The scene at Niantic Park in Oak Bluffs was downright bucolic last Thursday evening. The humid air had cooled to the point of comfort, birds were celebrating the temperature change, and people of all ages were spread around the newly refurbished facility. The sandbox, the swings, and the two new basketball courts were full.
Marc Rivers, Oak Bluffs recreation director and a longtime Niantic Park fixture, first as player and now supervisor, was busy sorting out night three of the men’s summer basketball league. The league plays every Tuesday and Thursday for 10 weeks, with playoffs to follow. Marc is the man in charge.
There was a time when this would have been a leisurely evening for Marc — team rosters set, everyone paid up, the boxes of team shirts long since emptied, no hassles or surprises. That is no longer the case.
“When the league started in the early ’70s, we had enough players for four different age divisions,” Marc told The Times. “We had the Island kids, plus about 60 summer kids whose families came in June and stayed until school began in September. Families don’t do that anymore, and the local kids have busy lives. So we’re scrambling a bit.”
At 5:45 pm, 30 minutes before game one of the night’s tripleheader, Marc was in troubleshooter, rather than leisure, mode. The conversation with a Times correspondent was peppered with brief interruptions, each of them prompting a polite “Excuse me for one moment” from Marc.
Two high school boys, looking eager and sincere, showed up for the first time this summer, hoping to join the league; a neighbor expressed concern about a small boulder placed alongside Wamsutta Avenue that several motorists had been unable to avoid; a Boston-area college student would be around for a week or two and wanted to sign up short-term; various players approached to pay the balance of their fee; and anyone cutting across the newly seeded dirt areas received a gentle jab — “Excuse me, you came all the way down the walkway but now you’re cutting the corner to save 10 feet?” Through it all, Marc’s natural smile was in place.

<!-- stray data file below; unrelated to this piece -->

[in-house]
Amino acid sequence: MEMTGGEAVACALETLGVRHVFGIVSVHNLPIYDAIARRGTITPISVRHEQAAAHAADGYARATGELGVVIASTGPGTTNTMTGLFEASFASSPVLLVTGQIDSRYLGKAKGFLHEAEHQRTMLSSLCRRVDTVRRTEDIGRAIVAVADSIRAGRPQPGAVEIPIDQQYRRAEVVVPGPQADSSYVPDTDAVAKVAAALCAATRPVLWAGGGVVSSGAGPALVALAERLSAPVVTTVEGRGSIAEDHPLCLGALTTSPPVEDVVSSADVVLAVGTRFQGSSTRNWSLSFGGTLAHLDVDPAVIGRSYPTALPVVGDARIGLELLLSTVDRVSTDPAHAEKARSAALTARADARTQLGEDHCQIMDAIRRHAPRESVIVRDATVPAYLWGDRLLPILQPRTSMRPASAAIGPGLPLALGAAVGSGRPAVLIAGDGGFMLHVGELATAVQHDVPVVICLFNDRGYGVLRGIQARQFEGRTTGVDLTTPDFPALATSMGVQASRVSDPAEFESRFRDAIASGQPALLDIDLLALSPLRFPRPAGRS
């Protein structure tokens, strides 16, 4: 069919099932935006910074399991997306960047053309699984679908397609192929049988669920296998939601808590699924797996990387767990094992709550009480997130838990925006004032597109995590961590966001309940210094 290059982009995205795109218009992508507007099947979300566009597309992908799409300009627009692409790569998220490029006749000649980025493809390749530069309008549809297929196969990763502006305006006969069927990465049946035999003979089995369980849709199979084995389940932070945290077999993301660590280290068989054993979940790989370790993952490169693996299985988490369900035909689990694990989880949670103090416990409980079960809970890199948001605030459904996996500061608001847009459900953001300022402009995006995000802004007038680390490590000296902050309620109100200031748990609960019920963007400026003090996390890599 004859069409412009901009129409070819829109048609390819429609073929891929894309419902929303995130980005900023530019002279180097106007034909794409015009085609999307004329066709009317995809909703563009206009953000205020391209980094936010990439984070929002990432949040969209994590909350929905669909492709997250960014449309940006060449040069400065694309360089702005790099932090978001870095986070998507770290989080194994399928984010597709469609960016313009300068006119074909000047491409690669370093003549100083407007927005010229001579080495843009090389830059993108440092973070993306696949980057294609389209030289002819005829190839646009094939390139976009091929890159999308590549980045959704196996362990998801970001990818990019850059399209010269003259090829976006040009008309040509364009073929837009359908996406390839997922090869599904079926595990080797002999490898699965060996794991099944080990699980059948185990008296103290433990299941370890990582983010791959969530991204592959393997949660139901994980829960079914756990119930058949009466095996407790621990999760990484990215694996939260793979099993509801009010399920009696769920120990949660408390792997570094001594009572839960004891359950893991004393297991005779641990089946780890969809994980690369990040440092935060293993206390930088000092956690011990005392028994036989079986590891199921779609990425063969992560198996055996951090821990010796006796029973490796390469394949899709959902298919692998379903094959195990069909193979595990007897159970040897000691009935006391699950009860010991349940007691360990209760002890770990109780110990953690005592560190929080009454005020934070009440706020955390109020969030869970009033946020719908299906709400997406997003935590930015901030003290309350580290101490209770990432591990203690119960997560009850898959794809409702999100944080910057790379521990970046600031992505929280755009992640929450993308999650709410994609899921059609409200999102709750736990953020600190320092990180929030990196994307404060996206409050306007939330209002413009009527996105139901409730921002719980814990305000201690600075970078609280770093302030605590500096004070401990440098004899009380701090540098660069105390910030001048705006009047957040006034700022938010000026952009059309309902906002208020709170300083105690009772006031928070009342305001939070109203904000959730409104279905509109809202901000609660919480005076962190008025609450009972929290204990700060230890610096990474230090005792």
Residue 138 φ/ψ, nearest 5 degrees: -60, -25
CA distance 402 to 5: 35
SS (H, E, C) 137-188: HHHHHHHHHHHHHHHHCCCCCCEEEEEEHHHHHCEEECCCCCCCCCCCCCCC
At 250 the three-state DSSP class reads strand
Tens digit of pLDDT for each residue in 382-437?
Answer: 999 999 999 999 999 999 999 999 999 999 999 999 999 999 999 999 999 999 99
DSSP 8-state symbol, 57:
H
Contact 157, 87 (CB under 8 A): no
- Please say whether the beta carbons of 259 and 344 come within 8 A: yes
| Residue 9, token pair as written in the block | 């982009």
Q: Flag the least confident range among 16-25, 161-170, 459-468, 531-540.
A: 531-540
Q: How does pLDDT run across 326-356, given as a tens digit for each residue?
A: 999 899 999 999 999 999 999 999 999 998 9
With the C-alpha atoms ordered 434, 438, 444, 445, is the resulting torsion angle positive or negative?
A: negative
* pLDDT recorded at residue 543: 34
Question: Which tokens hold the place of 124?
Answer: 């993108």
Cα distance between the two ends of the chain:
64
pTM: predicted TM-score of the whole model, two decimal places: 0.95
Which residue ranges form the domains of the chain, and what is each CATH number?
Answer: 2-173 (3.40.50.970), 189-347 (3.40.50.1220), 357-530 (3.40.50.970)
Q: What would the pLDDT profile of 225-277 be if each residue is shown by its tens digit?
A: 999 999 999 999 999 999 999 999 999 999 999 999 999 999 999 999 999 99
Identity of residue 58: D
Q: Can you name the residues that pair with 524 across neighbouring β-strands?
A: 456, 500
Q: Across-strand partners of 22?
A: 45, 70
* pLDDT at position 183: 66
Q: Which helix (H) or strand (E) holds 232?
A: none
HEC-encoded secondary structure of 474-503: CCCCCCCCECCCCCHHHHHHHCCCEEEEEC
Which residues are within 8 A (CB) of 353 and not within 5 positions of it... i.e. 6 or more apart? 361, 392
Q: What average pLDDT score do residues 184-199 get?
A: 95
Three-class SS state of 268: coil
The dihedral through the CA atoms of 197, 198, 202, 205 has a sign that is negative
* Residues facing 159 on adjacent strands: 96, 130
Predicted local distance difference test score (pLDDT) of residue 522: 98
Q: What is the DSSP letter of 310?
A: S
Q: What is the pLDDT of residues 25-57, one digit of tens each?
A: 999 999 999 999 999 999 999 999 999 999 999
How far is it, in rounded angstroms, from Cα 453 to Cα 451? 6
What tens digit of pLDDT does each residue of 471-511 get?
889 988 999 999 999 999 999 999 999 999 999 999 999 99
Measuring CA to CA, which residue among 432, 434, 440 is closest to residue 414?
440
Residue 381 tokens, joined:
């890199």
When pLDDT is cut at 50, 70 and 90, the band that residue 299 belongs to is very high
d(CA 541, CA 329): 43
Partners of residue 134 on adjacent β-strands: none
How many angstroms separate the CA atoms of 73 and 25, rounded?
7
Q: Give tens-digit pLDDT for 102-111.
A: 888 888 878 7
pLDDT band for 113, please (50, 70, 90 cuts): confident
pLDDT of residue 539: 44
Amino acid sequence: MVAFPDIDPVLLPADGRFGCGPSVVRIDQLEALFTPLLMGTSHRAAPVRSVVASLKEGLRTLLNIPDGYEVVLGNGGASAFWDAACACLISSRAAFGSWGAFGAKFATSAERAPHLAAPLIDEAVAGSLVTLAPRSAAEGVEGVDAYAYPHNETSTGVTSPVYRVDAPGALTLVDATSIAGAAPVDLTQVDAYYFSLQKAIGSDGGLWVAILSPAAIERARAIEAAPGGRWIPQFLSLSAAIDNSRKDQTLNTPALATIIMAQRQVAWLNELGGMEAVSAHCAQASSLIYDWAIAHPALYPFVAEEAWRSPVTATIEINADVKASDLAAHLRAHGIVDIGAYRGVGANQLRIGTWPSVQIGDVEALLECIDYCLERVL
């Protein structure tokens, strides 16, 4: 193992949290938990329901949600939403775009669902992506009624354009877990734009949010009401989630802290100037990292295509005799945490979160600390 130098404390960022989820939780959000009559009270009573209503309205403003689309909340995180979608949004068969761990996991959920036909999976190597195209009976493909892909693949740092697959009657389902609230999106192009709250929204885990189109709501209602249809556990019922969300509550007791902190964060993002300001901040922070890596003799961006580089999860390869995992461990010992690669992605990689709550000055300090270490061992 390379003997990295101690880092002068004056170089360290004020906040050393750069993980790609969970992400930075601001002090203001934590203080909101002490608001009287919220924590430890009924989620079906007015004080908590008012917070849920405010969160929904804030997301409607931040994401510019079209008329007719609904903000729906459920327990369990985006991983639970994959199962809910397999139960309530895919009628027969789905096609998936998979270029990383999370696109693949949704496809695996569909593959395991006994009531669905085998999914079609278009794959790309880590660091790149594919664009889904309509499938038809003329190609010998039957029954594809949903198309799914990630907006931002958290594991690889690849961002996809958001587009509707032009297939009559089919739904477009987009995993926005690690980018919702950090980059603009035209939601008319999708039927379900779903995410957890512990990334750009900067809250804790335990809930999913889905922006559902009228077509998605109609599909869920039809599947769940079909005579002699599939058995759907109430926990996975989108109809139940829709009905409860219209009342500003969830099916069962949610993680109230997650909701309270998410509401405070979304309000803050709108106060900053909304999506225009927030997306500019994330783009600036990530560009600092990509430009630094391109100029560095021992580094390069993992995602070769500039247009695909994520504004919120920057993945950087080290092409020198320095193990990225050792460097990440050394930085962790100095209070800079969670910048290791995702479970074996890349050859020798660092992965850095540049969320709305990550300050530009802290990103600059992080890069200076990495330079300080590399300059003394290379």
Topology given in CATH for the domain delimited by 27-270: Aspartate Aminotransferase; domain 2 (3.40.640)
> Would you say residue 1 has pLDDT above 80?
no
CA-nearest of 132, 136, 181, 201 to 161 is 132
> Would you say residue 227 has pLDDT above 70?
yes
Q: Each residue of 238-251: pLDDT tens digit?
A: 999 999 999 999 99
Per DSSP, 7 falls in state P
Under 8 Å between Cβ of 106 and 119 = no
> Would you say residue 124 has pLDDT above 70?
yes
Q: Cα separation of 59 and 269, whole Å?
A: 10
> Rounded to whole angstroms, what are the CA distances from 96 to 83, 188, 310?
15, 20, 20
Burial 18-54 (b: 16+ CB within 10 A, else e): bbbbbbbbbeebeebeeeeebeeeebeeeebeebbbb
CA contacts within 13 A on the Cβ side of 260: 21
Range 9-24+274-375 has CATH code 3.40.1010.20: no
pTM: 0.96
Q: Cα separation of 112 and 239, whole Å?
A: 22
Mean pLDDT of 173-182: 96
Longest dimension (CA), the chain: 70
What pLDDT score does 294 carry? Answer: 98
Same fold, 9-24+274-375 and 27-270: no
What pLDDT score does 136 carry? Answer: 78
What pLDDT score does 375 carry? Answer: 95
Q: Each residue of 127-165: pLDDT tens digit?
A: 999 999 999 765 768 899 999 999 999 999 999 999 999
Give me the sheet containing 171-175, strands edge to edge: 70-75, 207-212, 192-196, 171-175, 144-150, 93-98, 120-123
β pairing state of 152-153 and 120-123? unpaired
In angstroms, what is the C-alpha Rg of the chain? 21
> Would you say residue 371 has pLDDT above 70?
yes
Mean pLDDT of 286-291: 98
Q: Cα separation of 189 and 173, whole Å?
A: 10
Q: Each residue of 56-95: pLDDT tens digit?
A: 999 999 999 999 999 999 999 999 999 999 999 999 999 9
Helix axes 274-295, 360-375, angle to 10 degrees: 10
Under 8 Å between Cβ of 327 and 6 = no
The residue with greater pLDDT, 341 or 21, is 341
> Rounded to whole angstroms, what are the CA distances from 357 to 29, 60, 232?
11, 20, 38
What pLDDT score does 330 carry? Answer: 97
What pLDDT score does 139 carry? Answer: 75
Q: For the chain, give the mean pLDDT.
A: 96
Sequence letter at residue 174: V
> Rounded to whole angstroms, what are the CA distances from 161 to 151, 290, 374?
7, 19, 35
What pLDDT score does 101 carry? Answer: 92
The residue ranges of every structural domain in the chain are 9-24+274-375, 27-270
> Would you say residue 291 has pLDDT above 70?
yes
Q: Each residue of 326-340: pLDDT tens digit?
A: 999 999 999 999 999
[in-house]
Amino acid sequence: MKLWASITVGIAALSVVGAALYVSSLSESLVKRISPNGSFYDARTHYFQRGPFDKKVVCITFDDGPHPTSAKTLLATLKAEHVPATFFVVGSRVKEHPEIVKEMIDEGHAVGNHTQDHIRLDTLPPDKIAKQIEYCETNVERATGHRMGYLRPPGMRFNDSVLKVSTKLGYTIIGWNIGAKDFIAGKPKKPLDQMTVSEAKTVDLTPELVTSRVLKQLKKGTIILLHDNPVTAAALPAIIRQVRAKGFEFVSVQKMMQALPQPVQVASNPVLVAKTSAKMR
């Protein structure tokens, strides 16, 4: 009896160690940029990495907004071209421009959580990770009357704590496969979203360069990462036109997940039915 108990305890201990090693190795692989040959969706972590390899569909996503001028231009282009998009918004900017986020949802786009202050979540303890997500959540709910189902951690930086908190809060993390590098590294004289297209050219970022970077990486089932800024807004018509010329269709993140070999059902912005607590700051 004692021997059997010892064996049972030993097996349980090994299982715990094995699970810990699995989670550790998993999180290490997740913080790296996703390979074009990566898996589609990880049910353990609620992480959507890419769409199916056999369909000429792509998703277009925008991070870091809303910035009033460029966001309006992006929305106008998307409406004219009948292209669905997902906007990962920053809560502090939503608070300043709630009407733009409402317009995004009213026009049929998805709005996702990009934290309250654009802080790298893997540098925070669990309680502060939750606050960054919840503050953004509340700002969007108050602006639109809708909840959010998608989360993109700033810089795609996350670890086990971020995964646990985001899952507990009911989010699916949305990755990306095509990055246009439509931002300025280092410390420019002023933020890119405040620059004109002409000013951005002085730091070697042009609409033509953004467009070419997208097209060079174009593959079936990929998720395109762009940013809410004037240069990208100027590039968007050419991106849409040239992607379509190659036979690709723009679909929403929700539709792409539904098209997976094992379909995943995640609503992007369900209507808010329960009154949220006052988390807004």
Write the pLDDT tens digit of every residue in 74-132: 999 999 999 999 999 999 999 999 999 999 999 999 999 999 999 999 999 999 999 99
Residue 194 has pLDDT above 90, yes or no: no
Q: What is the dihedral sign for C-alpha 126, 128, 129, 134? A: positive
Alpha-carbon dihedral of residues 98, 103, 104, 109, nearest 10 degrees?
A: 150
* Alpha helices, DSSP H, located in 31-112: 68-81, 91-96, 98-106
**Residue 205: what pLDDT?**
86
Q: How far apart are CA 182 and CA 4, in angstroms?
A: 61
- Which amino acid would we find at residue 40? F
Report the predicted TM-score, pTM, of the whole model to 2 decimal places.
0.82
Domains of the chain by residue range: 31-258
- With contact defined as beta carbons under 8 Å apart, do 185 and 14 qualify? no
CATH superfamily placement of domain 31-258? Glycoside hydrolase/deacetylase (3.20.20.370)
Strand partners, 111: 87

Meanwhile, he had one eye on the upper court. Equipped with lights and a scoreboard, it is the game court. The Red and Gray teams were warming up for the evening’s 6:15 opener. Two of Marc’s staff were setting up the scorer’s table, donning referee jerseys, and chatting with the players.
But Marc was shaking his head. “Uh-oh … this doesn’t look good. We finally had six full teams on Tuesday, but I’m only seeing three guys in red. And tonight is the deadline. We do not want a forfeit.”
He checked his clipboard. “Where are those two high school kids?” He called, looking around. Minutes later, the two boys were paid up and sprinting toward the upper court, red shirts in hand. There would be a 6:15 game.
Juggling rosters and arranging partial fees for short-term players is part of Marc’s new reality. As he explained, it goes beyond the decline in summer vacationers. “It’s hard to get commitments out of kids,” he said. “They have a lot of distractions. People weren’t showing up. So I made an ultimatum. Tonight is the last chance to sign up and pay. We’ll see.”
A stroll around the grounds was pleasant and enlightening. The boulder in question was indeed sporting several fender scrapes. The stands were filling up with family members and pals of the Vineyard high school hoopsters who play in the league. Around the playground, young children and their chaperones presented a picture of total midsummer relaxation. On the new pickleball courts, several preteens traced lazy figure-eights on their bikes.
Meanwhile, on the upper court, Red was hanging tough with a strong Gray team, thanks in part to strong play by the team’s two newest members. Red was within one point with minutes to go when the drama was interrupted by a prolonged screeching sound from the general vicinity of Wamsutta Avenue. Sure enough, another car had found the boulder. By the time fans had refocused on the game, Gray had hit two jumpers to win it.
The 7:15 pm game between Orange and Blue was dominated by the former, allowing time for a chat with the two red-shirted rookies. Santiago and Danny, ages 20 and 18, are brothers from Puerto Vallarta, Mexico, and have been coming to the Island in the summer for many years. They are skilled players, and also know their basketball history. Despite naming the Bulls and Timberwolves as favorite teams, they knew that the Boston Celtics and Bill Russell had won 11 titles. So we parted as friends.
As the Maroon and Black teams prepared to tap off for the the 8:15 pm game, Marc was pulling a ref’s shirt over his head and grabbing a whistle. In response to one last question, he surveyed the scene before him. “Just look. You’ve got another game about to start and a nice crowd in the stands. A couple of pickup games are happening on the lower court. You can still see kids on the swings and climbing equipment, and there’s laughter coming from the playground. It took a long time to get here, but yes, I’m happy with what I see.”
There were many on hand Thursday evening who shared that sentiment.
As he cut across the dirt toward the court, a voice called out from one of the benches: “Hey! No walking on the new grass. That’ll be 10 pushups.”
That brought a hearty chuckle from Marc, a man who was clearly in his element.